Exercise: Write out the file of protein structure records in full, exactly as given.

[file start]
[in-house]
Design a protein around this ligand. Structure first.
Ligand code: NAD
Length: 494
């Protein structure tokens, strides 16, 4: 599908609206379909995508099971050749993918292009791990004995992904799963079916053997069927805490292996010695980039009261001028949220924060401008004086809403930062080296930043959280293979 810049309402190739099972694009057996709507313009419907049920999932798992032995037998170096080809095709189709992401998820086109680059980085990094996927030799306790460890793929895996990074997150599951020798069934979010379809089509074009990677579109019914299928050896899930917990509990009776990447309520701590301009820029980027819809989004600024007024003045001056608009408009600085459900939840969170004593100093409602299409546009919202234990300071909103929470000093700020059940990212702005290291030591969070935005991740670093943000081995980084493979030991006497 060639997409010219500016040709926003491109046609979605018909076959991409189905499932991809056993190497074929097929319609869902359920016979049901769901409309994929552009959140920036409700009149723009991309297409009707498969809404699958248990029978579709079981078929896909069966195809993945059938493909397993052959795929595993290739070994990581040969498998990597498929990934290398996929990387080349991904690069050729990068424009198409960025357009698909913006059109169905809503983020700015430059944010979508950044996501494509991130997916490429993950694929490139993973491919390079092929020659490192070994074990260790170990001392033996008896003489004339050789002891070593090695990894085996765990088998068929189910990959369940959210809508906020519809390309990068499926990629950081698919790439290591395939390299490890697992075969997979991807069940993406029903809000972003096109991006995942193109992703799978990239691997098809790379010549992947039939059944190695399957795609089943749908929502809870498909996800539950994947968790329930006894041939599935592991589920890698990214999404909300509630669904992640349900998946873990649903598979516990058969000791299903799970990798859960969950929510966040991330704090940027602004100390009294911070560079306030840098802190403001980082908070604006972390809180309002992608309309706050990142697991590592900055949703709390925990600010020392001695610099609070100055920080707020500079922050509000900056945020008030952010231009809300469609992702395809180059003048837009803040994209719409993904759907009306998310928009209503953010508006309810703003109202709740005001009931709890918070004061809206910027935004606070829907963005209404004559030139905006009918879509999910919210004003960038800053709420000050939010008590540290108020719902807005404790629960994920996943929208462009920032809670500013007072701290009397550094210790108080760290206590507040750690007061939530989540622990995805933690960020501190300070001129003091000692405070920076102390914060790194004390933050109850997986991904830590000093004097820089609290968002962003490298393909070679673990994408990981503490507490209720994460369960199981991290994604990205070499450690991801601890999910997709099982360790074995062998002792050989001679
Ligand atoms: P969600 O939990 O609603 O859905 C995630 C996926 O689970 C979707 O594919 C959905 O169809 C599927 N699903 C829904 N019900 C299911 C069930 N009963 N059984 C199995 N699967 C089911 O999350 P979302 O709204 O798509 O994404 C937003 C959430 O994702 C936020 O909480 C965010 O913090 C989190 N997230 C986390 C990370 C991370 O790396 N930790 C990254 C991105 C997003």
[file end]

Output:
[in-house]
Design a protein around this ligand. Structure first.
Ligand code: NAD
Length: 494
């Protein structure tokens, strides 16, 4: 599908609206379909995508099971050749993918292009791990004995992904799963079916053997069927805490292996010695980039009261001028949220924060401008004086809403930062080296930043959280293979 810049309402190739099972694009057996709507313009419907049920999932798992032995037998170096080809095709189709992401998820086109680059980085990094996927030799306790460890793929895996990074997150599951020798069934979010379809089509074009990677579109019914299928050896899930917990509990009776990447309520701590301009820029980027819809989004600024007024003045001056608009408009600085459900939840969170004593100093409602299409546009919202234990300071909103929470000093700020059940990212702005290291030591969070935005991740670093943000081995980084493979030991006497 060639997409010219500016040709926003491109046609979605018909076959991409189905499932991809056993190497074929097929319609869902359920016979049901769901409309994929552009959140920036409700009149723009991309297409009707498969809404699958248990029978579709079981078929896909069966195809993945059938493909397993052959795929595993290739070994990581040969498998990597498929990934290398996929990387080349991904690069050729990068424009198409960025357009698909913006059109169905809503983020700015430059944010979508950044996501494509991130997916490429993950694929490139993973491919390079092929020659490192070994074990260790170990001392033996008896003489004339050789002891070593090695990894085996765990088998068929189910990959369940959210809508906020519809390309990068499926990629950081698919790439290591395939390299490890697992075969997979991807069940993406029903809000972003096109991006995942193109992703799978990239691997098809790379010549992947039939059944190695399957795609089943749908929502809870498909996800539950994947968790329930006894041939599935592991589920890698990214999404909300509630669904992640349900998946873990649903598979516990058969000791299903799970990798859960969950929510966040991330704090940027602004100390009294911070560079306030840098802190403001980082908070604006972390809180309002992608309309706050990142697991590592900055949703709390925990600010020392001695610099609070100055920080707020500079922050509000900056945020008030952010231009809300469609992702395809180059003048837009803040994209719409993904759907009306998310928009209503953010508006309810703003109202709740005001009931709890918070004061809206910027935004606070829907963005209404004559030139905006009918879509999910919210004003960038800053709420000050939010008590540290108020719902807005404790629960994920996943929208462009920032809670500013007072701290009397550094210790108080760290206590507040750690007061939530989540622990995805933690960020501190300070001129003091000692405070920076102390914060790194004390933050109850997986991904830590000093004097820089609290968002962003490298393909070679673990994408990981503490507490209720994460369960199981991290994604990205070499450690991801601890999910997709099982360790074995062998002792050989001679
Ligand atoms: P969600 O939990 O609603 O859905 C995630 C996926 O689970 C979707 O594919 C959905 O169809 C599927 N699903 C829904 N019900 C299911 C069930 N009963 N059984 C199995 N699967 C089911 O999350 P979302 O709204 O798509 O994404 C937003 C959430 O994702 C936020 O909480 C965010 O913090 C989190 N997230 C986390 C990370 C991370 O790396 N930790 C990254 C991105 C997003």